Interesting Facts About Medusa. Born to the sea god Phorcys and Ceto (Phorcys’ wife and sister), Medusa (queen or ruler) was one of the three Gorgon sisters. The other two sisters were Stheno (strength) and Euryale (wide-leaping). Greek poet Hesiod wrote that Medusa lived close to the Hesperides in the Western Ocean near Sarpedon.
Here are some facts about Medusa. Medusa was a monster in Greek mythology, known as a Gorgon. She had the face of a hideous woman, but had poisonous snakes on her head, instead of hair. She was the daughter of Phorcys, a God of the sea, and Ceto, a female sea God. Phorcys is said […]
Medusa is one of the more unusual divine figures of ancient Greece mythology.. One of a trio of Gorgon sisters, Medusa was the only sister who was not immortal. She is famed for her snake-like hair and her gaze, which turns those who look at her to stone.
Medusa is a character in Greek mythology. Her story has been told and retold by ancient and modern storytellers, writers, and artists. The Latin poet Ovid writes in Book IV of his Metamorphoses that Poseidon attacked Medusa in the temple of Athena. The goddess became angry, and changed Medusa into a monster with snakes for hair.
Medusa, in Greek mythology, the most famous of the monster figures known as Gorgons.She was usually represented as a winged female creature having a head of hair consisting of snakes; unlike the Gorgons, she was sometimes represented as very beautiful.
Ancient Greek mythology states that Medusa dropped baby poisonous snakes as she wandered through Africa. This is the reason for the high number of poisonous snakes in Africa according to the myth. Medusa was eventually killed by Perseus. King Polydectes of Seriphus wanted to marry Perseus' mother Danaë but she had no interest in him.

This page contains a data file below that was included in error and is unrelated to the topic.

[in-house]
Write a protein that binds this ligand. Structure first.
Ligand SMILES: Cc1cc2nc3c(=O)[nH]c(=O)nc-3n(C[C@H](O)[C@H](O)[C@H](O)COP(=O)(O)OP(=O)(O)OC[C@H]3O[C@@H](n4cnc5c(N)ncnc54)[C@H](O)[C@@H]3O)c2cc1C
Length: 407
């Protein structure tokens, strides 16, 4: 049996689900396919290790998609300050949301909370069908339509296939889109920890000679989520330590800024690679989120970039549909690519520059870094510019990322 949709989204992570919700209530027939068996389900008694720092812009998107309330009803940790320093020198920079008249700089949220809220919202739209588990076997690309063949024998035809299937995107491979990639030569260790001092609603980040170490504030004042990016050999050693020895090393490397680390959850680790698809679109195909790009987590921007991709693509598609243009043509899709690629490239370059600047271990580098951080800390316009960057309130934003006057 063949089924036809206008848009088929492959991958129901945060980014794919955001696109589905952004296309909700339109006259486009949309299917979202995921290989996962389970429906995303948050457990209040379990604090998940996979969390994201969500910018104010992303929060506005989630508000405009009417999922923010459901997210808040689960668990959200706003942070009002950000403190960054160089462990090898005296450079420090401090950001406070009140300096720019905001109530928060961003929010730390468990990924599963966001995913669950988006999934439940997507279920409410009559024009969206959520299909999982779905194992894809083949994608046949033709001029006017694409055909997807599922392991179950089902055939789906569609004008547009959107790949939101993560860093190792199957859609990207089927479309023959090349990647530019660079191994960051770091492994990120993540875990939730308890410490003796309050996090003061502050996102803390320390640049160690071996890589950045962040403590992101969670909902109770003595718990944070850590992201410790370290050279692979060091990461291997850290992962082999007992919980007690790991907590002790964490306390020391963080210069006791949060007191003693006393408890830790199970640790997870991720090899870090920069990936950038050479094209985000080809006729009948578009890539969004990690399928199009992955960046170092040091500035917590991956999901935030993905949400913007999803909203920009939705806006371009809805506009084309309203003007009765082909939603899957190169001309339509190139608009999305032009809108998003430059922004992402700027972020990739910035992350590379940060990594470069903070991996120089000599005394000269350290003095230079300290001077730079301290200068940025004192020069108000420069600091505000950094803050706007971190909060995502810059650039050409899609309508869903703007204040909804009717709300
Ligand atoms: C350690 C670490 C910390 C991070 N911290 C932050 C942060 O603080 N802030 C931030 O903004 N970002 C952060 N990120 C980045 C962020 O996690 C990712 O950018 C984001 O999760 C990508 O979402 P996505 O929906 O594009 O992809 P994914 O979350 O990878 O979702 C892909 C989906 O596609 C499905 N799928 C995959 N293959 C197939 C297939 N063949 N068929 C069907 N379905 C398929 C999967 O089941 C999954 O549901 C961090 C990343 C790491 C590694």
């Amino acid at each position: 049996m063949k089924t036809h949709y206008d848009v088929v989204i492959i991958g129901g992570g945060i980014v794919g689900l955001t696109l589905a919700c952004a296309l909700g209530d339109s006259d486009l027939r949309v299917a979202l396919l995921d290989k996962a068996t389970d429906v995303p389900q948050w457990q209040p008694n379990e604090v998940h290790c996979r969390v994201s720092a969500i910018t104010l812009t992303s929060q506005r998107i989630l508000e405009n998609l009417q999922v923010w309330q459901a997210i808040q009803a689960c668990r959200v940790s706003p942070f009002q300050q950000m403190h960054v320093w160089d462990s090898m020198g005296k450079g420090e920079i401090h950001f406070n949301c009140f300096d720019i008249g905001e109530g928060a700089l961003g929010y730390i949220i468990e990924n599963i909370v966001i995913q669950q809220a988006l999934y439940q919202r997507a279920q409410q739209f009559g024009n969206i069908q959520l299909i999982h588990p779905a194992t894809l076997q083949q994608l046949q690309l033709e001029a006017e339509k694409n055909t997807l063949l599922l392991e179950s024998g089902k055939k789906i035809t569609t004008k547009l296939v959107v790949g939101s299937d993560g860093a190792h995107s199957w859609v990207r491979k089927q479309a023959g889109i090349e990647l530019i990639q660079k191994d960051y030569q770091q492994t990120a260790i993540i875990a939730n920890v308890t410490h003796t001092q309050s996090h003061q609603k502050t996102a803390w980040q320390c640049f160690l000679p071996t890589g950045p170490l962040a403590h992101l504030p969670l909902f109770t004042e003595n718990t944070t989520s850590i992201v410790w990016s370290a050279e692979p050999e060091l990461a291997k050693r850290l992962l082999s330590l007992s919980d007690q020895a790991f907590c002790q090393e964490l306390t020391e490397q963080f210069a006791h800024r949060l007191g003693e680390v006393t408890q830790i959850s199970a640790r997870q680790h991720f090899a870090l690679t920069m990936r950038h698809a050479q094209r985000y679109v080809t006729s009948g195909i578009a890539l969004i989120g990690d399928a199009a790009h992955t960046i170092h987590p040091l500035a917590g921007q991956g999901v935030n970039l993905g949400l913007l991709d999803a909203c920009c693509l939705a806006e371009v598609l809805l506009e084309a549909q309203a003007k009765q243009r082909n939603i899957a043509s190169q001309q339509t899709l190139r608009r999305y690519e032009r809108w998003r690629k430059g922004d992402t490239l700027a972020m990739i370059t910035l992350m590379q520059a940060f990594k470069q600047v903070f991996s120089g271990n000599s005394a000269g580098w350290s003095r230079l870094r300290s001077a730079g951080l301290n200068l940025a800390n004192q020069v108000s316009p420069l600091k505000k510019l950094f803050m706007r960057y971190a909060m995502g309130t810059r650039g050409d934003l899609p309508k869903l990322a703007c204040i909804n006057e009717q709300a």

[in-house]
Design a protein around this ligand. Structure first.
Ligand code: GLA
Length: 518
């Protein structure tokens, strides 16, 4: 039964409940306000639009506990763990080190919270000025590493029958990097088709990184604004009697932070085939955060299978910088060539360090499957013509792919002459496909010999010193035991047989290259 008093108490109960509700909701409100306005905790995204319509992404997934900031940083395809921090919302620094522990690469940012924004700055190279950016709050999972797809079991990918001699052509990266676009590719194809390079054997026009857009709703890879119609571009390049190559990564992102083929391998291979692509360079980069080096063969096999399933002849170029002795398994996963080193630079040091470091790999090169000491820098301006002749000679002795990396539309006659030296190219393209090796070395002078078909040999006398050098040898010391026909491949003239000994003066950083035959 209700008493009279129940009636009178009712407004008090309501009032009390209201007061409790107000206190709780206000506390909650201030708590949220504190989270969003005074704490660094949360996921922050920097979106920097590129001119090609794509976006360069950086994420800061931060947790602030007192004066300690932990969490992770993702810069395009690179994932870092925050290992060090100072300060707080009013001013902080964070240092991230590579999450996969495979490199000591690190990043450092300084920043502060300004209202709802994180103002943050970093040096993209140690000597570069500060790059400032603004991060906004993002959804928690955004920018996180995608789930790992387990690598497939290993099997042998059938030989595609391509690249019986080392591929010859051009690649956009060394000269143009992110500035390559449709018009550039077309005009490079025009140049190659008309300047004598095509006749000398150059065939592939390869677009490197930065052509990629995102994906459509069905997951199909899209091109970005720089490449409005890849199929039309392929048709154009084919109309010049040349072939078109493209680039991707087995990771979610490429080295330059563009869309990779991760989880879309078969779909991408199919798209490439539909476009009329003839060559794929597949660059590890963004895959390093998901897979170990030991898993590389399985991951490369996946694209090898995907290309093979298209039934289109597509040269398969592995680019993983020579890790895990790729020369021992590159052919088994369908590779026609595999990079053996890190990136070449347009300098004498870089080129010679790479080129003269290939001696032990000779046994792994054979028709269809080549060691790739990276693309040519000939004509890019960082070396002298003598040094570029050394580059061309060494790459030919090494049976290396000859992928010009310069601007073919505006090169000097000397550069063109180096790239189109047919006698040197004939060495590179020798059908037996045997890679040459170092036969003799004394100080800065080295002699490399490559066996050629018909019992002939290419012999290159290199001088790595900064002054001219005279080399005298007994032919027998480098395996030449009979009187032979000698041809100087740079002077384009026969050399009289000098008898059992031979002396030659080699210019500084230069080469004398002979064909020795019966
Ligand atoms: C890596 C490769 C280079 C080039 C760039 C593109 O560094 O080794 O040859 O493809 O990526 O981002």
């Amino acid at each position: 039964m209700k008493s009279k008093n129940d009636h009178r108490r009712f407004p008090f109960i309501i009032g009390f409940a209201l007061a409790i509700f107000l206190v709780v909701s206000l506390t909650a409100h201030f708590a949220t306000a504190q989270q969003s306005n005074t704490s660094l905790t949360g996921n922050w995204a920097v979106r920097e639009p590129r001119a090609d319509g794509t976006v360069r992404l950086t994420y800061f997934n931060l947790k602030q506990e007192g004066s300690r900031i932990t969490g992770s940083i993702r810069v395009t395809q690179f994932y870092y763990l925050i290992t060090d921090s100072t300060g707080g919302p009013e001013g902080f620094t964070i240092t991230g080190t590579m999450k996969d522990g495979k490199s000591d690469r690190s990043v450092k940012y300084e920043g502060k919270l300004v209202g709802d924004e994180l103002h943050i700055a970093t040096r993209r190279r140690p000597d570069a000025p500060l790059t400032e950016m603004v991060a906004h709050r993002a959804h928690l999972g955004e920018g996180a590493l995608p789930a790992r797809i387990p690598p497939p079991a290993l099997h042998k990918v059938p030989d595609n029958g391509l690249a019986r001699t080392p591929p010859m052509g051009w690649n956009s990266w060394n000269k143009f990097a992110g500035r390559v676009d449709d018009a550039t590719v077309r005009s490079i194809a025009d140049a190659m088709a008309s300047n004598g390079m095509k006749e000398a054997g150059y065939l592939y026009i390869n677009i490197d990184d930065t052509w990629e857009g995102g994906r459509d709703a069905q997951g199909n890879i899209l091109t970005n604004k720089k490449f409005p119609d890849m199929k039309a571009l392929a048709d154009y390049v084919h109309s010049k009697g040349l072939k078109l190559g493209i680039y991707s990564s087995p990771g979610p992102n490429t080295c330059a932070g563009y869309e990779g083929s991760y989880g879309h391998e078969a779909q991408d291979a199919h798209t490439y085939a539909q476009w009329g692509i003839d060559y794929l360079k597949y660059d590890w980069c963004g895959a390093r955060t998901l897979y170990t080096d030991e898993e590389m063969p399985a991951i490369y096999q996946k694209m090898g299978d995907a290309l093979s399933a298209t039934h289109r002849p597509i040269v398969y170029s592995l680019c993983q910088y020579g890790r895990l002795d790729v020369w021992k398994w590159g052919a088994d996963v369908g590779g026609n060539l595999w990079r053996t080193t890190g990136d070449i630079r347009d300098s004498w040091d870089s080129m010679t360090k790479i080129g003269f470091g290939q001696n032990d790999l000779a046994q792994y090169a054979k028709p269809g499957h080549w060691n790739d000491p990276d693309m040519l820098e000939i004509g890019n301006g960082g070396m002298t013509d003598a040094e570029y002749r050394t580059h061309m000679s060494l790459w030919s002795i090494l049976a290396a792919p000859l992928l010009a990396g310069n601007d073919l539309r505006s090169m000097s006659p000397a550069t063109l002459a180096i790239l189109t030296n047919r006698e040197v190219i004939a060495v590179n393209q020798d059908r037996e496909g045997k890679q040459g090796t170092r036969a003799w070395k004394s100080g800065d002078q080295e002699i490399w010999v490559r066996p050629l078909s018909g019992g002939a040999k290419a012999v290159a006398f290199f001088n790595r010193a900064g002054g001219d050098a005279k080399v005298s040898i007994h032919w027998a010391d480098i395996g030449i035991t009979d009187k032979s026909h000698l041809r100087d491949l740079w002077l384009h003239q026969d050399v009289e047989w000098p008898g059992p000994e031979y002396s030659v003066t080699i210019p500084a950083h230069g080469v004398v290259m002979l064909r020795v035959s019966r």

In Greek mythology, Medusa (/ m ɪ ˈ dj uː z ə,-s ə /; Μέδουσα "guardian, protectress") was a monster, a Gorgon, generally described as a winged human female with living venomous snakes in place of hair. Those who gazed upon her face would turn to stone.
Medusa was one of the three Gorgons, daughters of Phorcys and Ceto, sisters of the Graeae, Echidna, and Ladon – all dreadful and fearsome beasts. A beautiful mortal, Medusa was the exception in the family, until she incurred the wrath of Athena, either due to her boastfulness or because of an ill-fated love affair with Poseidon.Transformed into a vicious monster with snakes for hair, she was ...
The earliest mention in Greek of Medusa is in Hesiod's "Theogony," where he lumped her and her two immortal sisters together as gorgons with the identical features and powers, except that Medusa was mortal. By the Classical Period, Medusa was thought to have been beautiful at one point in her life, as mentioned by Pindar.
In ancient Greek mythology, Medusa is a Gorgon, one of three hideous sisters whose appearance turns men to stone. She is killed by the hero Perseus, who cuts off her head.To the Greeks, Medusa is the leader of an ancient, older matriarchal religion that had to be obliterated; in modern culture, she represents vital sensuality and a power that is threatening to males.